No one likes criticism. On some level, it hurts us. Naturally, the harder the critique, the more it can cause offense.
Writers need it, though. The people we go to for opinions on our work must be honest and forthright, if their assistance is to be of any value to us.
The problem lies within our minds. The more we work on a piece, the more invested in it we become.
Thus we can become almost protective of our work, sheltering it from any criticism it may receive.
When my new tutor, Rob, first gave me his opinion of my manuscript, I was somewhat disappointed.
The idea of going back and rewriting the entire project yet again was hard to accept. I was tempted to start rationalizing his comments; he’s American, he doesn’t get my style. He’s from an older generation, out of touch with the modern, open attitudes toward composition.
Having done two apprenticeships and having studied under master craftsmen before, I was saved from going down that path.
As long as the sun rises and sets upon this planet, wisdom garnered from years of experience will be of more value than diamonds.
Looking at our progress thus far, acceptance of Rob’s offer of help is probably one of the best decisions I have ever made.
After chapter four was completed, we had a meeting and a change of procedure was implemented.
The first four chapters were processed with Rob doing an initial rewrite. Upon receipt of the rewritten chapter, I would then write the new text over the old, adding and adjusting as I saw fit.
Rob would then explain why he had made the changes. We would discuss the technical reasoning behind the alterations.
The final product was a meeting of the two minds, many of my re-adjustments of Rob’s work being culturally based.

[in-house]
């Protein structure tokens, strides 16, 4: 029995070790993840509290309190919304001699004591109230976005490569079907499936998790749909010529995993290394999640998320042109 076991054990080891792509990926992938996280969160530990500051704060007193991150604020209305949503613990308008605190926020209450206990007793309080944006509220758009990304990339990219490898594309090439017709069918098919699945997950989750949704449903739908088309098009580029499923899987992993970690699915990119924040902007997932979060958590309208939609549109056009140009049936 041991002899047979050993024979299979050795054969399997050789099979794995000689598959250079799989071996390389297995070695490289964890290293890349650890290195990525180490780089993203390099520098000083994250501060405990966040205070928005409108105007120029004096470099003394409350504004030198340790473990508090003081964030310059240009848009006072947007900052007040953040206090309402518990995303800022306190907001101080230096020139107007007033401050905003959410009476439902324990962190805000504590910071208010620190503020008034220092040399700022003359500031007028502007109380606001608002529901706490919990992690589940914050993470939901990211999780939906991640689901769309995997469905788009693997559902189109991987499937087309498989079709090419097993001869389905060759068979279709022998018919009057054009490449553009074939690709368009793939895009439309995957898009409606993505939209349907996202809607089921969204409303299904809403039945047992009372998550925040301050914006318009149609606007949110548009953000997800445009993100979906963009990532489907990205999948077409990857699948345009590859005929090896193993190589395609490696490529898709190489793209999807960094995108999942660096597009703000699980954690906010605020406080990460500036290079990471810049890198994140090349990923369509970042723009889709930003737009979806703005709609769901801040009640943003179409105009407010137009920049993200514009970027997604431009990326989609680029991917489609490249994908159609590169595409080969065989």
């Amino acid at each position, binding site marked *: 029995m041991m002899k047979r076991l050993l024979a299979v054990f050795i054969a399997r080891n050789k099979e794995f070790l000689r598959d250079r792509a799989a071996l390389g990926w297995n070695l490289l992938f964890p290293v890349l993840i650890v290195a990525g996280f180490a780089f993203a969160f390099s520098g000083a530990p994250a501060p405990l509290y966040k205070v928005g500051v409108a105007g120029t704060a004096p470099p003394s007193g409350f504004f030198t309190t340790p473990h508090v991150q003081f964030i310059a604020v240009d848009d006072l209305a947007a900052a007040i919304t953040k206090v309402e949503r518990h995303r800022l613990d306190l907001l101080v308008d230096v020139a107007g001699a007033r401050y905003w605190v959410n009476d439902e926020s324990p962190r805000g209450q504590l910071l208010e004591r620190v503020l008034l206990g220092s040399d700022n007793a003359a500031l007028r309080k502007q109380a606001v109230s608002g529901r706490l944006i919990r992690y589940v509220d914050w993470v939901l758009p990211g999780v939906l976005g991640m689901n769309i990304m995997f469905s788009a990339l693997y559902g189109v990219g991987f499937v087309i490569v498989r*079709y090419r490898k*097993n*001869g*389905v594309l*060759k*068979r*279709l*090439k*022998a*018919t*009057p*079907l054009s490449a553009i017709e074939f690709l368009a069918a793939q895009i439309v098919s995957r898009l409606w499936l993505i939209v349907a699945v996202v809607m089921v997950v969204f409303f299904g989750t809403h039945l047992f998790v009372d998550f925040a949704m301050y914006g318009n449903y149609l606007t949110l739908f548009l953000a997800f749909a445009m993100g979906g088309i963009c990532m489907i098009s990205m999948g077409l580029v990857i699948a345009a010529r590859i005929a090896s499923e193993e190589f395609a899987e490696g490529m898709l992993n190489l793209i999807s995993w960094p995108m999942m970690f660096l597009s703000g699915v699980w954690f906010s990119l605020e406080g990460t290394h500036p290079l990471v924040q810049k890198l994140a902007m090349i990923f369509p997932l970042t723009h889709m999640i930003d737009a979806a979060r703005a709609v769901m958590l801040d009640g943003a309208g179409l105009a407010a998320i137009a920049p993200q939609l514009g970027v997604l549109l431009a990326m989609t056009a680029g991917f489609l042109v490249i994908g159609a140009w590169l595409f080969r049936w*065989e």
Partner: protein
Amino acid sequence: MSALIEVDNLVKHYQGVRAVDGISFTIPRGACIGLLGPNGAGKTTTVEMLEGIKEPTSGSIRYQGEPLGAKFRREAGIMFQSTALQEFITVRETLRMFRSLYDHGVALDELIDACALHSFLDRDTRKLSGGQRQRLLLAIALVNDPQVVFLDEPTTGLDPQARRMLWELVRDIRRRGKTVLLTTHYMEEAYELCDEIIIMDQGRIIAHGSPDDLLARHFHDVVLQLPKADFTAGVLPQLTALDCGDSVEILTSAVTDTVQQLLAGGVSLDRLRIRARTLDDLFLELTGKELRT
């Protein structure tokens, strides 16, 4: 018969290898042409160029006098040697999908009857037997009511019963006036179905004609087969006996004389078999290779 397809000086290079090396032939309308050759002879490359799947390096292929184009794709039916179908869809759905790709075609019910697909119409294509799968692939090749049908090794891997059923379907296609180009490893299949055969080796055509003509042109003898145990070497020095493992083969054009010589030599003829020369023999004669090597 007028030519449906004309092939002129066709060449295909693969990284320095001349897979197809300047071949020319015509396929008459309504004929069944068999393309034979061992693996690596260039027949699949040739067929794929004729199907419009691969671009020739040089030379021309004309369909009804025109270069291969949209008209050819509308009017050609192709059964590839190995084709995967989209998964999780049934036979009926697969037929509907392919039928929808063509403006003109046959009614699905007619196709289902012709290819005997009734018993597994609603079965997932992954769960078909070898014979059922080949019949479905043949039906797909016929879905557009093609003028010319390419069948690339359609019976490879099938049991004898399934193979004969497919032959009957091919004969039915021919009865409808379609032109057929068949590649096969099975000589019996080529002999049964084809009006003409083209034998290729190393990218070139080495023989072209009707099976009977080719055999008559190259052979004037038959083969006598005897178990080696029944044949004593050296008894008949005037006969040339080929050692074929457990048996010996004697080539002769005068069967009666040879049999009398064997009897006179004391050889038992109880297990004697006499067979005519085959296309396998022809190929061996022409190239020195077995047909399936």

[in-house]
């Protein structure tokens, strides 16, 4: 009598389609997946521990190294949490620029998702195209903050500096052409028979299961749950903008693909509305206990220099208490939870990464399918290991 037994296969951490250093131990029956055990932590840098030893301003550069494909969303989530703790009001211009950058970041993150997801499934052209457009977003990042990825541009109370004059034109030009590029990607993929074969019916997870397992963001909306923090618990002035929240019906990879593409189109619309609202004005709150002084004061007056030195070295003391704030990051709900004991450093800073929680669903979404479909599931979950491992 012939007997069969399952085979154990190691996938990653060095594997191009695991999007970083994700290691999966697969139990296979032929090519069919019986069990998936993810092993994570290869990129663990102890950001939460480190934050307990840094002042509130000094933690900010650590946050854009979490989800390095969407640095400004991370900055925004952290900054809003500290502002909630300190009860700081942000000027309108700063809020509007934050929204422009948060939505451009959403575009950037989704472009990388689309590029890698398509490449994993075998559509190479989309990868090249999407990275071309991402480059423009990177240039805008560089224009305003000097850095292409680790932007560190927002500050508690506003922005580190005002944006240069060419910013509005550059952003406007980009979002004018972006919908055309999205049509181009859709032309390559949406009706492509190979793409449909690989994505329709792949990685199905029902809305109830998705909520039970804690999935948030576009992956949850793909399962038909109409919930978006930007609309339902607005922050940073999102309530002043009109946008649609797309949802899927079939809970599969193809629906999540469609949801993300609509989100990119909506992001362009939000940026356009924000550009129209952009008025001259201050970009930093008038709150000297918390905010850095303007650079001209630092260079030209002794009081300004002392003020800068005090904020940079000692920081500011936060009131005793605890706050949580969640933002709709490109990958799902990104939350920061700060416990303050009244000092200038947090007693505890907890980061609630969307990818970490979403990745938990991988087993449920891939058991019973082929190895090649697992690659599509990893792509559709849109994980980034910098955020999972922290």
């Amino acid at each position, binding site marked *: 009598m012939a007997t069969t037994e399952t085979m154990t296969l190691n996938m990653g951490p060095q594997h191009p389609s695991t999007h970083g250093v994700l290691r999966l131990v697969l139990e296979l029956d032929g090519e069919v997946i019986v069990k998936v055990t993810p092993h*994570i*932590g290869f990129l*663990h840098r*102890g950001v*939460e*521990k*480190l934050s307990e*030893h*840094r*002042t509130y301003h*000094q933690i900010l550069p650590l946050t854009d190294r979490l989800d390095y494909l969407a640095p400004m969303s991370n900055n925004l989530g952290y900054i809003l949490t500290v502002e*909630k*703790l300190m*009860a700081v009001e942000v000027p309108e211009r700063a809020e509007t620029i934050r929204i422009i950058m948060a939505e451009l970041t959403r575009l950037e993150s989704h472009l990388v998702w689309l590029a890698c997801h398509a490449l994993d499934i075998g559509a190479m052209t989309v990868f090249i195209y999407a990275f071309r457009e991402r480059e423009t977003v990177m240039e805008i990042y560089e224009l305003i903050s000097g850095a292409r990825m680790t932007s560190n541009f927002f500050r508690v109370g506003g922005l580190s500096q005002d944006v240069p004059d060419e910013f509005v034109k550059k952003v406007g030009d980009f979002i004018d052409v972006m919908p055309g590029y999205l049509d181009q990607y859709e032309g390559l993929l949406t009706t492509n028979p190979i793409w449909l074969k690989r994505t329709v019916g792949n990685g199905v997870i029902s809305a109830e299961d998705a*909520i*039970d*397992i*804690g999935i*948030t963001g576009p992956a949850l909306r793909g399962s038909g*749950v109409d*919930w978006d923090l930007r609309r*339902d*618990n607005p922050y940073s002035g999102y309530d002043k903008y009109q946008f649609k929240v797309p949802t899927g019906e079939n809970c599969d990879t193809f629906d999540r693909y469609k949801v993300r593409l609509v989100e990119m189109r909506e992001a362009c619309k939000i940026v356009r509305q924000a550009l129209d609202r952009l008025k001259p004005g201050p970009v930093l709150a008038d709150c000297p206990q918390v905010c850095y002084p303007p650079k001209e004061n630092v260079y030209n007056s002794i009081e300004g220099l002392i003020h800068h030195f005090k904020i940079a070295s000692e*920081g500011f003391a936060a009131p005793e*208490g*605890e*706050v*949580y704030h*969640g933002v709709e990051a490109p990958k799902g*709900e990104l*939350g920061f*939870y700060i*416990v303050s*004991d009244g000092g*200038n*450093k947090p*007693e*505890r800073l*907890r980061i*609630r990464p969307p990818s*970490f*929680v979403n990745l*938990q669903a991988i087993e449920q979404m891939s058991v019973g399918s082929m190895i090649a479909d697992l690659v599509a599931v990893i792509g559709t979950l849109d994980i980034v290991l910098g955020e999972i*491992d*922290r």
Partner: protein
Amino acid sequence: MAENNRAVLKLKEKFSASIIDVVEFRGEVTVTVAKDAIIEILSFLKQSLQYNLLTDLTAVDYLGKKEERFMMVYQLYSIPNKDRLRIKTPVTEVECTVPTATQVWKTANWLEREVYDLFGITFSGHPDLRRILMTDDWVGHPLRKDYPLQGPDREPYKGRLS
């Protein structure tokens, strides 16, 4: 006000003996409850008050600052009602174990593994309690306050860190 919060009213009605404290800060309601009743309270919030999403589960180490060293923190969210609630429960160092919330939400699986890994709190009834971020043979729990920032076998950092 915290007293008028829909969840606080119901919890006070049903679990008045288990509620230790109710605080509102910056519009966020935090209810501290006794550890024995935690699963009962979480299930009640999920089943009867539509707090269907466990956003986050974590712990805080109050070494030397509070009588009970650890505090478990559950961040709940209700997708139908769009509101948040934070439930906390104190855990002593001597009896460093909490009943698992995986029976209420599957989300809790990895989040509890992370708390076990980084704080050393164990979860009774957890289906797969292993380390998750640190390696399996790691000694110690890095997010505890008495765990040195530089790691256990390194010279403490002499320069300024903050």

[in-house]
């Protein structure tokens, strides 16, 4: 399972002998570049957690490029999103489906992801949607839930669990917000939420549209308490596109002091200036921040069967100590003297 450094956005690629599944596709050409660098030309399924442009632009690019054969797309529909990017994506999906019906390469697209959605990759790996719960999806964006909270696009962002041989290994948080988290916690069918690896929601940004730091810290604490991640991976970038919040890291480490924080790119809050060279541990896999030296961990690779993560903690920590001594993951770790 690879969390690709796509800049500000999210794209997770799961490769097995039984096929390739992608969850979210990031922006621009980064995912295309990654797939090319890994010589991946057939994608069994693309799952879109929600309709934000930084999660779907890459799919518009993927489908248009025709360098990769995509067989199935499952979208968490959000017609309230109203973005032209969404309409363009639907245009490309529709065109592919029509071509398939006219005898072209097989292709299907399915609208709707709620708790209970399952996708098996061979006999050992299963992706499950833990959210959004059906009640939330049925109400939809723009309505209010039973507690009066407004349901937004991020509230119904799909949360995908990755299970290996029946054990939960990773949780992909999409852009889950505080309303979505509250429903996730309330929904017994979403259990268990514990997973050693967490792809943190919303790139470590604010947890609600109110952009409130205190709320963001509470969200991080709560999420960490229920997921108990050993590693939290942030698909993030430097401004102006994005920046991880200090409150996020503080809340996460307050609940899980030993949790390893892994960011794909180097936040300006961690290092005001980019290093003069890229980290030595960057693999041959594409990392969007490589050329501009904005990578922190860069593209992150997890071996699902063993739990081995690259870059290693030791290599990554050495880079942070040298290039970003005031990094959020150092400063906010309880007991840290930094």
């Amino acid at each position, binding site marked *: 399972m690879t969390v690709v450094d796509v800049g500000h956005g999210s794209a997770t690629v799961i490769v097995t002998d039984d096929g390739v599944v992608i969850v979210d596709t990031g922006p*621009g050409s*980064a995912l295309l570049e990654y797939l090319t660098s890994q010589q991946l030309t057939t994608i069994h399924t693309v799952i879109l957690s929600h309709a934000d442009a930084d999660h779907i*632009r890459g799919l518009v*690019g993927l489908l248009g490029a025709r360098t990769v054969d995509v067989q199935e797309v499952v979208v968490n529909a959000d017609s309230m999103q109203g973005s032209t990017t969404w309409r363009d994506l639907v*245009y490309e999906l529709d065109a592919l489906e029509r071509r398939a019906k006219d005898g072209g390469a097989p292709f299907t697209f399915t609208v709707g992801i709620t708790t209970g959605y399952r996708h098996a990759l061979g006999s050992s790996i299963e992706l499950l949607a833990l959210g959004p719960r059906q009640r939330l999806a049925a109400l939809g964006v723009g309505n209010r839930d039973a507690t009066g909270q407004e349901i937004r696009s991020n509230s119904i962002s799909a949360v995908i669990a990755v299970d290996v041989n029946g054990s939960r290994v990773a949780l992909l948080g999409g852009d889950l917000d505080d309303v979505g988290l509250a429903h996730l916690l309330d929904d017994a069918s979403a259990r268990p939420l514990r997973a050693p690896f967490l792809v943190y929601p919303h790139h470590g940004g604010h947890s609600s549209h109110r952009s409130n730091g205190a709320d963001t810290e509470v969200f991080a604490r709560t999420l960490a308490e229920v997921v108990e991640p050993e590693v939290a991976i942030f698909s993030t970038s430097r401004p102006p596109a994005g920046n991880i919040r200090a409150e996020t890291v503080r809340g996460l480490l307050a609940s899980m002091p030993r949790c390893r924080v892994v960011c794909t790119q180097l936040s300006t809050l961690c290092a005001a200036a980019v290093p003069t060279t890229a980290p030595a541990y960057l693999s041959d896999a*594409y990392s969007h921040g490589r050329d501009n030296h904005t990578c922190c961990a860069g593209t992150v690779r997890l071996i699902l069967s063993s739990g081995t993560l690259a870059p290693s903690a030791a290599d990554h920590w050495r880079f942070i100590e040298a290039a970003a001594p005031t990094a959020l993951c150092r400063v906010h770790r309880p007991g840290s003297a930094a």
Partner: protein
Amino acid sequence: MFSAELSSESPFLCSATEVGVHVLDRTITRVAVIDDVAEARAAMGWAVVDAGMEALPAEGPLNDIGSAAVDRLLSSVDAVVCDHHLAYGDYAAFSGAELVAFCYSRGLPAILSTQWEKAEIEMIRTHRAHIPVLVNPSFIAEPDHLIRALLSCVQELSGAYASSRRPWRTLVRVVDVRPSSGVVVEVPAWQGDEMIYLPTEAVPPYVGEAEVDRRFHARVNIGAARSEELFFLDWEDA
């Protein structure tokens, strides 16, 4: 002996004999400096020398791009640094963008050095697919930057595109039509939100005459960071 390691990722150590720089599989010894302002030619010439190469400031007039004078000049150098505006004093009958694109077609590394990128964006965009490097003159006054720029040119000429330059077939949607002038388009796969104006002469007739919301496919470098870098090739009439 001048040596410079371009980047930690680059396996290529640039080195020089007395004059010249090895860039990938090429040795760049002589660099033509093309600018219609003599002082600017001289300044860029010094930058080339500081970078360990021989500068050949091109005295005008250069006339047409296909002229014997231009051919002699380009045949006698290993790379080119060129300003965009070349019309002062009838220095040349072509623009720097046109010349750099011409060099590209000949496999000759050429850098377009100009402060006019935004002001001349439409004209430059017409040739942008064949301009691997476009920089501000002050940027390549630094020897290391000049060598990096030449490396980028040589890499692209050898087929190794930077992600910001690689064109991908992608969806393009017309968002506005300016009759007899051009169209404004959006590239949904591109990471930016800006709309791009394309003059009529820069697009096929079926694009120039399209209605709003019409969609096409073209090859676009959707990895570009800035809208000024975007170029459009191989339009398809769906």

By chapter four, I was beginning to anticipate the changes before they arrived, so I suggested a different methodology from then on.
I am now rewriting the chapter first, then emailing Rob the result. He is then checking my work and sending back any amendments required.
It is a natural teaching progression, and one which makes perfect sense to me.
When I used to teach percussion, I would try to avoid sitting behind the student’s drum-kit and showing them the exercise. Sometimes it was necessary, to enthuse a student with a demonstration of the result which lay ahead of them. Most of the time, though, there was advantage in letting them get to grips with the physical side of the exercise as quickly as possible.
It helped them to remember what was needed, and also assisted me in spotting any negative tendencies. With drumming, the fact that the art is a very physical one means bad habits can be troublesome to eradicate.
Writing may be far less physical, but those bad habits are just as problematic.
It’s interesting to note that I could always tell which students were going to shine and which had a struggle ahead of them. It was apparent by the degree to which they had their ears open. Not as to whether they heard what I said, but as to how they accepted the guidance.
As writers, our acceptance of criticism is vital for our progress.
Some may argue that the best artists in the field were self-taught and, to a degree, I guess they are right. The great artists of the past lived in a very different world, though.
Guidance was hard-won, and dependent entirely on their having access to such wisdom. Indeed, just getting published so as to facilitate critique of their work was an achievement in its own right.
Not so today, though, is it? My publication of Highfields Volume One is relying on nothing more than a free button push.
It is this very freedom of the modern e-book publishing world that is its greatest danger. We are not forced to accept guidance from anyone at all. We are our own masters, no qualification needed.
The fact that so many e-books tank after a few weeks is a stark reminder that we have no less responsibility upon us, even with our freedom.
True, no one can stop us publishing a book, but no one can make people read it, either.
So, before we start to minimize any criticism we receive, let us check something first.
Are our ears open?